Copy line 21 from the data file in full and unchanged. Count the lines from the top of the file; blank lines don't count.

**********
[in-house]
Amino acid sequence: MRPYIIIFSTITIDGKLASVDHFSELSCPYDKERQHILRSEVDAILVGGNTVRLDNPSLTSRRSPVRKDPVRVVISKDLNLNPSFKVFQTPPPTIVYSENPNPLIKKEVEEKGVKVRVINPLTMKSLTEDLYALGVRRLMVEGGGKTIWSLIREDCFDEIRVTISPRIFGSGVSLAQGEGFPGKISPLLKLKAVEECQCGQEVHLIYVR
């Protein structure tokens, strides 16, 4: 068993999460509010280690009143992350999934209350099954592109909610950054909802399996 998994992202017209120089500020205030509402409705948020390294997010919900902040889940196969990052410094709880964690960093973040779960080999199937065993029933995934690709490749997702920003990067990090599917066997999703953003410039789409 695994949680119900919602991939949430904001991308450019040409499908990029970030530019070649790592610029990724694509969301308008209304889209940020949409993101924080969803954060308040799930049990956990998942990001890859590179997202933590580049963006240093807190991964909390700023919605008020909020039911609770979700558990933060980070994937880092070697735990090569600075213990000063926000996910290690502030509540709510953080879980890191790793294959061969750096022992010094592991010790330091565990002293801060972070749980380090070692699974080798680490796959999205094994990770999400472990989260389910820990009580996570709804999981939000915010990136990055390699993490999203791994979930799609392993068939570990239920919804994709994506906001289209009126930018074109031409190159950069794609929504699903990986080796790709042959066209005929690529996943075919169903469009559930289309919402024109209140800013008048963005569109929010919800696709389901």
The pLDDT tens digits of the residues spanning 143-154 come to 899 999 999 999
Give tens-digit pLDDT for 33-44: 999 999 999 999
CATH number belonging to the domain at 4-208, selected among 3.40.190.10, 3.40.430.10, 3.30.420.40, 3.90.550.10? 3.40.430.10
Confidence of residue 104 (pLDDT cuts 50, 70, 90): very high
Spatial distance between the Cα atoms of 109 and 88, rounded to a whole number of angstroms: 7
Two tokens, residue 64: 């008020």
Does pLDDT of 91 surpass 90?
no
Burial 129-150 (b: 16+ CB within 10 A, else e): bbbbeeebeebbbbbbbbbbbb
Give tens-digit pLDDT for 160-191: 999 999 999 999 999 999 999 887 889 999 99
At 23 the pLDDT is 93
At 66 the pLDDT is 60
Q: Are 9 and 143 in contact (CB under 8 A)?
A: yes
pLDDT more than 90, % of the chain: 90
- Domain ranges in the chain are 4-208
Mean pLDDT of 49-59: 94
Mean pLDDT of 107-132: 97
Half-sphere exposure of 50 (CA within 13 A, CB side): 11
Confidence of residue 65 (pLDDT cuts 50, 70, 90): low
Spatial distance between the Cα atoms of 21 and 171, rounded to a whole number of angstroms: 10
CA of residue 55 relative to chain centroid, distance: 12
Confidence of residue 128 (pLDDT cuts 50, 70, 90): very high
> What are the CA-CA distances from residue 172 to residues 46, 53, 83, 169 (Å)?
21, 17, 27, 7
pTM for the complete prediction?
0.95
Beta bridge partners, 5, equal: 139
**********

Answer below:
Mean pLDDT of 107-132: 97